The chairman noted that government had, in the past, invested heavily to ensure efficient and adequate power supply in the country and that the committee would not relent until the objective was achieved. She acknowledged the teething problems the new owners were facing but expressed the hope that these would be overcome with time as it was typical of new businesses.
Earlier, Mike Uzoigwe, managing director, Egbin Electricity Power Plc., informed the lawmakers that the new investors had invested over N7.3 billion from November 1, 2013 to date in turning around the company. He said to further revamp the company; the investors had earmarked another $4million for a total overhaul of the plant.
Uzoigwe explained that since the takeover in November 2013, the company had embarked on major improvements which included: repair of unit 4, numbers 5 and 6 HP Heaters, replacement of water cooling inlet line fittings, repair of 3 boiler water wall tube rupture, replacement of lighting bulbs inside the power plant and a scheduled major overhaul of all units from 2014 to 2016, among others. The MD gave a breakdown of the overhaul schedule as follows: Unit 1: March, 2015, Unit 2: October, 2015, Unit 3: July, 2015, Unit 4: October, 2014, Unit 5: January, 2016; and Unit 6: April 2016.
Despite the efforts to give the company a facelift, the MD decried the low remittance to the company from the market operators and urged the lawmakers to urgently intervene to make the electricity market attractive for investment. He decried the situation where out of what was due to the company to date was N13bn but only N6.5bn was received, and that out of what was received, the company was owing the Nigerian Gas Company, NGC, N5.3bn while it had spent N7.35bn on staff salaries and renovations.
Uzoigwe also called on the lawmakers to intervene to ensure that the entitlements of the former workers of the PHCN were fully paid as all remittances to that effect were understood to have been made to the Office of the Accountant General of the Federation by the relevant government agencies.
Power Breezer Launch
BREEZER Holdings, a USA-based company, will launch the Power Breezer at the offshore technology conference from May 5 to 8, in Houston, Texas, USA. In a press statement release, the company said it that when the thermometer hits 100 degrees, protecting crews from heat exhaustion and heat related illness becomes a priority.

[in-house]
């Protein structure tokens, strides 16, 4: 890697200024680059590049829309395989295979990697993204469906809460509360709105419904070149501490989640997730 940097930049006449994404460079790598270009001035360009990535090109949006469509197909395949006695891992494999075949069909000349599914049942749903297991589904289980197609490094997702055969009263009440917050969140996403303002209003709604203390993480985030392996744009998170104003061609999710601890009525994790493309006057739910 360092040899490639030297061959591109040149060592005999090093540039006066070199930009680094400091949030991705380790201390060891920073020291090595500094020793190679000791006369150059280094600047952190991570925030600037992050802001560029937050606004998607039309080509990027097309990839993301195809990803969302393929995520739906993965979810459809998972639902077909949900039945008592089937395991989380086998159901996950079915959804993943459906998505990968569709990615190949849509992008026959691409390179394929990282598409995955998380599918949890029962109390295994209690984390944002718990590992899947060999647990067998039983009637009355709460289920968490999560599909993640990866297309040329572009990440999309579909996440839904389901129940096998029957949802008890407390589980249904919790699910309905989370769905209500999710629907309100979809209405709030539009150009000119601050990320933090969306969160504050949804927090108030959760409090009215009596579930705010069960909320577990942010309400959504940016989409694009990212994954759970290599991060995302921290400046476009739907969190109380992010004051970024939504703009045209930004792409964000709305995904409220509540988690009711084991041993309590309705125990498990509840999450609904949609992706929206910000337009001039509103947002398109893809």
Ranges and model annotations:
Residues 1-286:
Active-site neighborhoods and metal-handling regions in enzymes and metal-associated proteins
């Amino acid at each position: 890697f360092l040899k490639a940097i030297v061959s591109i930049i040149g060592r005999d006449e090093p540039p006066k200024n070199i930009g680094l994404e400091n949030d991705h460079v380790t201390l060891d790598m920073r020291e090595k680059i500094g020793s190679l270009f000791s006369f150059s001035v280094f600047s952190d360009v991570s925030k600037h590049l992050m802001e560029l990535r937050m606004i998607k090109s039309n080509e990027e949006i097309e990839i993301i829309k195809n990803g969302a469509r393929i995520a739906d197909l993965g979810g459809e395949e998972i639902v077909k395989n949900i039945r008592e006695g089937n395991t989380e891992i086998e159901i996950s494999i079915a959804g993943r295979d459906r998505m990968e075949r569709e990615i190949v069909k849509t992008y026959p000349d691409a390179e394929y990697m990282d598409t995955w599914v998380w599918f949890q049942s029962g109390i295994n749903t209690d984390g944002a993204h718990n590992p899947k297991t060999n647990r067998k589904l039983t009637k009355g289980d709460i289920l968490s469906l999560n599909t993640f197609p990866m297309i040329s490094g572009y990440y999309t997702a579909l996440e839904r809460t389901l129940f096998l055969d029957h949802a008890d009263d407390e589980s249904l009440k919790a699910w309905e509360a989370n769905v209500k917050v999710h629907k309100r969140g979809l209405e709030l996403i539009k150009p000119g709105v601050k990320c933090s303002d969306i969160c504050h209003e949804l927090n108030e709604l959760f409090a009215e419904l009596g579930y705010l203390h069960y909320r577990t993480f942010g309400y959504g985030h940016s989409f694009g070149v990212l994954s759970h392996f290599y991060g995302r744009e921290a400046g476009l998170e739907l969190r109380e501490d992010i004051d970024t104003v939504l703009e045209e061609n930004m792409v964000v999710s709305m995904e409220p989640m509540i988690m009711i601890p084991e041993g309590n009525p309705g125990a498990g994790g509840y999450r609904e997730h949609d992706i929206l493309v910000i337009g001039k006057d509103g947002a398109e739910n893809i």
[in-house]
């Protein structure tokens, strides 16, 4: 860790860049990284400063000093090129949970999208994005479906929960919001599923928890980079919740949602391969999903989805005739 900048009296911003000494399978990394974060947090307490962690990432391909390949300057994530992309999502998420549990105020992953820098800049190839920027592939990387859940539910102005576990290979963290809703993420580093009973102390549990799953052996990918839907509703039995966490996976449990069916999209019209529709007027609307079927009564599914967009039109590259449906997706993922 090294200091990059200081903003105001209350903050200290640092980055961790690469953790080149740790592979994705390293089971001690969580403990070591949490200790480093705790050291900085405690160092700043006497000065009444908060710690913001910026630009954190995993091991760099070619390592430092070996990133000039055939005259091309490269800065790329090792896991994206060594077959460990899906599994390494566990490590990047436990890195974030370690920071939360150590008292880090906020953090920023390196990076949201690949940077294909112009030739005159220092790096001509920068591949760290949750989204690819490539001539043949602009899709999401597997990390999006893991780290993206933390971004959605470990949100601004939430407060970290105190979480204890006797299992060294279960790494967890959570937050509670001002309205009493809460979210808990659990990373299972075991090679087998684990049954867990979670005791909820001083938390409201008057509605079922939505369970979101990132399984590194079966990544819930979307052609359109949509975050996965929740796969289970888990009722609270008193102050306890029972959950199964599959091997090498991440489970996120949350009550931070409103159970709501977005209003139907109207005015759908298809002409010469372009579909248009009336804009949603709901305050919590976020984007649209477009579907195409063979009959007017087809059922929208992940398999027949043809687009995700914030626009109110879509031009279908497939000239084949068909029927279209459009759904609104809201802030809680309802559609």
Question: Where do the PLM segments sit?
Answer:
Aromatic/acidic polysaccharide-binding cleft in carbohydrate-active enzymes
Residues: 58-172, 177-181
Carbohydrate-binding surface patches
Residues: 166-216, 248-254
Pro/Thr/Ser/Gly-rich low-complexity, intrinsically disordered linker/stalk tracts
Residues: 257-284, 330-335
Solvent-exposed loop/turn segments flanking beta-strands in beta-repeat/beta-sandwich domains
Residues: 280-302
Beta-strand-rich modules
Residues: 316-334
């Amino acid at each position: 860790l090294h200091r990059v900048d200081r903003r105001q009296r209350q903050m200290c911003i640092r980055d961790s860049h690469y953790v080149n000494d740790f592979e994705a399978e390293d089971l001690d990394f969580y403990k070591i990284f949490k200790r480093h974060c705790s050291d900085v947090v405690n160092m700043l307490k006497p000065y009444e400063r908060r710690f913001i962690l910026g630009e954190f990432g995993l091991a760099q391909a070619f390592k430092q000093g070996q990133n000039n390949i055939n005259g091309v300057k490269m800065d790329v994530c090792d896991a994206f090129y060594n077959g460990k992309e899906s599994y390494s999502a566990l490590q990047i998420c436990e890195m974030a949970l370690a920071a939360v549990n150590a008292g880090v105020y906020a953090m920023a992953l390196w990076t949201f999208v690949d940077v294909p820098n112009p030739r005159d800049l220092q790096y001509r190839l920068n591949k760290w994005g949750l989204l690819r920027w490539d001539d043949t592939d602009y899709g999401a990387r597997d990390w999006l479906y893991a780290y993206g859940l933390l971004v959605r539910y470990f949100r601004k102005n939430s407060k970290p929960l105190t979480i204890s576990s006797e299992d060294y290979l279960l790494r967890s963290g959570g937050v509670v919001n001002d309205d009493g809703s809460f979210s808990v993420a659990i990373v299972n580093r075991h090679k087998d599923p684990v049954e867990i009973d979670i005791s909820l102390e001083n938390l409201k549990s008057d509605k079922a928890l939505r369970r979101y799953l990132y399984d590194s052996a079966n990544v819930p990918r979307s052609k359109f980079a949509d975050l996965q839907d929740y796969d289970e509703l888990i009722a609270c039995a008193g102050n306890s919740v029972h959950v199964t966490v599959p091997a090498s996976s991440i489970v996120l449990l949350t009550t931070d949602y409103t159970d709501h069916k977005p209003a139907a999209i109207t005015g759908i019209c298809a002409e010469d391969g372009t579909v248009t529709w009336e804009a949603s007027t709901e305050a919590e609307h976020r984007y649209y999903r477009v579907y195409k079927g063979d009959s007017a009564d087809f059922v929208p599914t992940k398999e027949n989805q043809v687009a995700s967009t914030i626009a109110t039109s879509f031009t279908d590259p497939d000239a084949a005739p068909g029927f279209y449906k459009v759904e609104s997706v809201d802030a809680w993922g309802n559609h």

Proactive companies in the oil and gas industry are looking to prevent heat related illnesses before their onset and to maintain safe and healthy work conditions for their crew. Power Breezer, an all-weather mobile outdoor cooling unit, is the solution to manage hot temperatures in outdoor environments.
The Power Breezer has been designed to meet military specs and is NOM certified, ETL certified for US and Canada, UL507 compliant and OSHA compliant. This rugged unit, which can cool down a 3,000 sq. foot area by up to 27 degrees, is extremely energy efficient (uses the same electricity as a blow dryer) and is made with durable, anti-corrosive parts.
The Power Breezer is currently being used by the U.S. Military to keep troops comfortable and functioning outdoors in some of the harshest environments in the world. Since its introduction two years ago, the Power Breezer can be found cooling construction sites, reception halls, ball parks and football stadiums as well as hard to cool warehouses and manufacturing facilities in ten countries.
Compiled by Anayo Ezugwu
— May 12, 2014 @ 01:00 GMT